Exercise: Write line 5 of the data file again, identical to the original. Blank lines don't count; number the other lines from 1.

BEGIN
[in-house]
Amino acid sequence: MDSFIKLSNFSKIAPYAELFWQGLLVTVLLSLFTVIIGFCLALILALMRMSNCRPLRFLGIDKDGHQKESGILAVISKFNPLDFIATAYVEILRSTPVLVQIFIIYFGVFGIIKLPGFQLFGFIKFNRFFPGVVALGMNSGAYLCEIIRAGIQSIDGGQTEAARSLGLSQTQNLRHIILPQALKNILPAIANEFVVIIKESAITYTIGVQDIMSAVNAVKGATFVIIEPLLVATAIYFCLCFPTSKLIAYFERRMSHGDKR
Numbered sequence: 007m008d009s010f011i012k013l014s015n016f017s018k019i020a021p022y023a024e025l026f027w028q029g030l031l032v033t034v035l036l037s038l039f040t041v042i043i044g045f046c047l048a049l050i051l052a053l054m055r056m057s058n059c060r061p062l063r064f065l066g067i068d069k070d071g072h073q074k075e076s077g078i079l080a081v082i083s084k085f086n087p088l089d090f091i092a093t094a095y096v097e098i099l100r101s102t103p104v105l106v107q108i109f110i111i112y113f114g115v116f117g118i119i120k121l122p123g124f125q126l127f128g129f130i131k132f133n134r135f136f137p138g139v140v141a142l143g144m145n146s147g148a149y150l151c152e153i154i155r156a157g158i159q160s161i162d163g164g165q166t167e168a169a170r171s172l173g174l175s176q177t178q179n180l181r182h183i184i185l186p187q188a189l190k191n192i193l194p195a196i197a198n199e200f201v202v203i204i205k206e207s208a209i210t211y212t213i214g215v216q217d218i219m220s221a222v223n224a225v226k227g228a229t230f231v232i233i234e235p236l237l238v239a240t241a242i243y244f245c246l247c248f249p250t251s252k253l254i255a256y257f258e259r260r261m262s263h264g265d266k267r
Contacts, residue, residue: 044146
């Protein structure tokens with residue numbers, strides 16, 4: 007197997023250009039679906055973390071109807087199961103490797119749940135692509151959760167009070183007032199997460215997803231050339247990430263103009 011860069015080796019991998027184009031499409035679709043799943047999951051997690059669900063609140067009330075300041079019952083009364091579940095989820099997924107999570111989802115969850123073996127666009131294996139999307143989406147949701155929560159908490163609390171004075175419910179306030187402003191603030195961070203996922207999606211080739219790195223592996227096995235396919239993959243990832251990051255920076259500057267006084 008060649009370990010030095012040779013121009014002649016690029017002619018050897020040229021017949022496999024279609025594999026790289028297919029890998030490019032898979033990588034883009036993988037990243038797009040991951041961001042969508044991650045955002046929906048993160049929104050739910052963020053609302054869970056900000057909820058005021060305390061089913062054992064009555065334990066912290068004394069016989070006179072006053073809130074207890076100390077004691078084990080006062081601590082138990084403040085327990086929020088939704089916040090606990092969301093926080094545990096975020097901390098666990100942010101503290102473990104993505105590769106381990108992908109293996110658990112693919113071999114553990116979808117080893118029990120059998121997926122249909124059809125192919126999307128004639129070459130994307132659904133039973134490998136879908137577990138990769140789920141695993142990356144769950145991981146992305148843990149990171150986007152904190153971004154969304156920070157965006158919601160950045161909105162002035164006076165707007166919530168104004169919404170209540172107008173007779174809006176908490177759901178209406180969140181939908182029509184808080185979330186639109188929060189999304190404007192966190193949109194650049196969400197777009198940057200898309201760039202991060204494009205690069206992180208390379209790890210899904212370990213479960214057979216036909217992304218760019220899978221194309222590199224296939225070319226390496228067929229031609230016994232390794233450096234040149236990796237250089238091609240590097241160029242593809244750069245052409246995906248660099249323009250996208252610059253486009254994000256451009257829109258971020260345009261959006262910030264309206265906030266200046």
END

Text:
């Protein structure tokens with residue numbers, strides 16, 4: 007197997023250009039679906055973390071109807087199961103490797119749940135692509151959760167009070183007032199997460215997803231050339247990430263103009 011860069015080796019991998027184009031499409035679709043799943047999951051997690059669900063609140067009330075300041079019952083009364091579940095989820099997924107999570111989802115969850123073996127666009131294996139999307143989406147949701155929560159908490163609390171004075175419910179306030187402003191603030195961070203996922207999606211080739219790195223592996227096995235396919239993959243990832251990051255920076259500057267006084 008060649009370990010030095012040779013121009014002649016690029017002619018050897020040229021017949022496999024279609025594999026790289028297919029890998030490019032898979033990588034883009036993988037990243038797009040991951041961001042969508044991650045955002046929906048993160049929104050739910052963020053609302054869970056900000057909820058005021060305390061089913062054992064009555065334990066912290068004394069016989070006179072006053073809130074207890076100390077004691078084990080006062081601590082138990084403040085327990086929020088939704089916040090606990092969301093926080094545990096975020097901390098666990100942010101503290102473990104993505105590769106381990108992908109293996110658990112693919113071999114553990116979808117080893118029990120059998121997926122249909124059809125192919126999307128004639129070459130994307132659904133039973134490998136879908137577990138990769140789920141695993142990356144769950145991981146992305148843990149990171150986007152904190153971004154969304156920070157965006158919601160950045161909105162002035164006076165707007166919530168104004169919404170209540172107008173007779174809006176908490177759901178209406180969140181939908182029509184808080185979330186639109188929060189999304190404007192966190193949109194650049196969400197777009198940057200898309201760039202991060204494009205690069206992180208390379209790890210899904212370990213479960214057979216036909217992304218760019220899978221194309222590199224296939225070319226390496228067929229031609230016994232390794233450096234040149236990796237250089238091609240590097241160029242593809244750069245052409246995906248660099249323009250996208252610059253486009254994000256451009257829109258971020260345009261959006262910030264309206265906030266200046």